Generally speaking, citizenship is either determined by place of birth (jus soli, from latin, literally “law of the soil”) or by the citizenship of the parents regardless of the place of birth (jus sanguinis, “law of blood”).
Since 1868, with the adoption of the Fourteenth Amendment to the U.S. Constitution, the U.S. adheres to the concept of jus soli citizenship.
Basically, a person born in the United States who is subject to the jurisdiction of the United States is a U.S. citizen at birth, which conveys the right for that child to enter and reside in the U.S. at any time.
That child’s birth in the U.S. and consequent American citizenship carries no immigration benefit on his/her foreign national parents or siblings, this is in fact a common misconception.
That child has the right to remain in the United States, but the parents and siblings have no rights unless they qualify on their own.
In other cases, people are already U.S. citizen without even knowing it. In this case we are talking about three groups of people:
- people born in the U.S. who have lived most of their lives outside the United States;
- people who have U.S. citizens in their direct line of ancestry;
- children of naturalized U.S. citizens.
If you were born in the United States, unless you were born to a foreign government official who is in the U.S. as a recognized diplomat, you will automatically have U.S. citizenship. Anyone born with the U.S. citizenship holds it for life unless he or she deliberately gives it up.
If you were born from U.S. citizen parents, you may “acquire” U.S. citizenship from them. For instance, if you were born outside the United States, and at least one of your parents was a U.S. citizen at the time of your birth, you automatically acquire citizenship.
The laws governing whether or not a child born outside of the United States acquires U.S. citizenship from parents have changed several times. You’ll need to look at the law that was in effect on the date of the child’s birth (and the parents’ birth, if grandparents were U.S. citizens) for guidance. These laws differ for the following periods:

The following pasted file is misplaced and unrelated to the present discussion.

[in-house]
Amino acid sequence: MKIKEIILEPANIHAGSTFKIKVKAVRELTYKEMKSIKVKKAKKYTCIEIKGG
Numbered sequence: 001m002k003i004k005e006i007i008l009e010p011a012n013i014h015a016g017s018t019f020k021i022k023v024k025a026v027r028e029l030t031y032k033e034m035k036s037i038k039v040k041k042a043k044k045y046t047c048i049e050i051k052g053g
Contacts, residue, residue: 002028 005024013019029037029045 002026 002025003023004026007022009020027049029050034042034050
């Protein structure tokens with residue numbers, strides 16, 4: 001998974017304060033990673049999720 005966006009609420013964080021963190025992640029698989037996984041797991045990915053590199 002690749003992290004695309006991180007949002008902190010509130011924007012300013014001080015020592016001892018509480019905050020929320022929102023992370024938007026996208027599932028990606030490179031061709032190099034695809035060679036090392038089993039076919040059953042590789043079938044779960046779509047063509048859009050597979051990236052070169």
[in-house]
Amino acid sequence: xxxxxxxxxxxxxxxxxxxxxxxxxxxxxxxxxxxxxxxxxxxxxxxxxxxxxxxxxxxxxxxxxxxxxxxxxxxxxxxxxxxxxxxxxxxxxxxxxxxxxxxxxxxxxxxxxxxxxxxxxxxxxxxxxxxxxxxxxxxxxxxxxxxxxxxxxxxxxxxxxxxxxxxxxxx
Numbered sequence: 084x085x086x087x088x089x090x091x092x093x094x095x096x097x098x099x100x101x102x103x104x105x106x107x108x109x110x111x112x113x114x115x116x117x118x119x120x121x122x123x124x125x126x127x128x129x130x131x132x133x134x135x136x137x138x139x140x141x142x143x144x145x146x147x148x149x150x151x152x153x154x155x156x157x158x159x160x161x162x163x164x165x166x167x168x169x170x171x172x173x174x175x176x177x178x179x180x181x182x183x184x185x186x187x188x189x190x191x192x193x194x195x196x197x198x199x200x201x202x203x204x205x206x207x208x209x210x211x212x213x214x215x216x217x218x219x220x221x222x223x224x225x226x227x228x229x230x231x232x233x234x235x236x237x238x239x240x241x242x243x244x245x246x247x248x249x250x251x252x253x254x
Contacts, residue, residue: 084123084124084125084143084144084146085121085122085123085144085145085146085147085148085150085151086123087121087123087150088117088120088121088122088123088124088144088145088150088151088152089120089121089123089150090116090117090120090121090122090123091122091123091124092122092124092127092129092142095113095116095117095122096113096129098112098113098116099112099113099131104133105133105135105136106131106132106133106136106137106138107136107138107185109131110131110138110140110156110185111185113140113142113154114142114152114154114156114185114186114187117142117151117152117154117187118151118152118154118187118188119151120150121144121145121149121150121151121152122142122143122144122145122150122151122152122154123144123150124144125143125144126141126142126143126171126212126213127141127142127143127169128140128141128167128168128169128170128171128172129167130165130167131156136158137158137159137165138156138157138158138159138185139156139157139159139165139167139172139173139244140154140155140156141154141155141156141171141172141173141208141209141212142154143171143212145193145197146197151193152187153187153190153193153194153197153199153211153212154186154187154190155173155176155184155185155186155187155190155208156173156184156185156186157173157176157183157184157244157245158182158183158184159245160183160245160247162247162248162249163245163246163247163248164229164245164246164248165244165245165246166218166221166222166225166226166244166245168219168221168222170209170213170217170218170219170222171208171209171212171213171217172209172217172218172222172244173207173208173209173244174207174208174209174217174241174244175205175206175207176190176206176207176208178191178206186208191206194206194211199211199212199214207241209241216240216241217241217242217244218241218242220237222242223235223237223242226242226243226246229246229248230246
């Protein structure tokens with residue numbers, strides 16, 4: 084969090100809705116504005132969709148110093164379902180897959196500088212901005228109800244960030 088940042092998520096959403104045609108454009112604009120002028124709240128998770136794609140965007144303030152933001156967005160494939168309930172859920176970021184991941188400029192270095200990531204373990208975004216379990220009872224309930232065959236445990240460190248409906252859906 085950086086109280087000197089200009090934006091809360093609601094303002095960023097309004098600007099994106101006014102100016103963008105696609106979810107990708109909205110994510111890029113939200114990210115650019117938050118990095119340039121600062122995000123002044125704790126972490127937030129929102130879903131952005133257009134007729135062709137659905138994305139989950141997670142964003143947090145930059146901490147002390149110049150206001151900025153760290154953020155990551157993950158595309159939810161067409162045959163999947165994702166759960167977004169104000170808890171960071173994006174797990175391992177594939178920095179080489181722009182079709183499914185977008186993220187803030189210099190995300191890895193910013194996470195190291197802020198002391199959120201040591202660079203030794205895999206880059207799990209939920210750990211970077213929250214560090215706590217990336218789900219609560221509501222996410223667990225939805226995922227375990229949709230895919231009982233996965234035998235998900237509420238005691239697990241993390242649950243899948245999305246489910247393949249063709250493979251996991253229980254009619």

- prior to May 24, 1934
- May 25, 1934 to January 12, 1941
- January 13, 1941 to December 23, 1952
- December 24, 1952 to November 13, 1986, and
- November 14, 1986 to present.
Federal law provides that those who are born in any of the 50 states, Puerto Rico, the former Panama Canal Zone, the Virgin Island of the United States and Guam are all native-born citizens, including the children of an American Indian, Eskimo, Aleutian, or any other tribal member.
If you were born from “naturalized” parents, meaning you were brought to the United States before becoming an adult, and your parents become citizens, then you are entitled to claim U.S. citizenship when you become adult. Before that time, you may file an application with the Secretary of State and obtain in the meantime, a certificate of nationality.
Moreover, if you get your U.S. citizenship through the naturalization of either or both your parents, you don’t need to participate in a naturalization ceremony.
Whether or not you are a U.S. citizen is determined by the laws that existed when your parent’s naturalization took place. These laws differ for the following time periods:
- parents who naturalized before May 24, 1934
- parents who naturalized between May 24, 1934 and January 12, 1941
- parents who naturalized between January 13, 1941 and December 23, 1952
- parents who naturalized between December 24, 1952 and October 4, 1978
- parents who naturalized between October 5, 1978 and February 26, 2001, and
- parents who naturalized between February 27, 2001 and the present.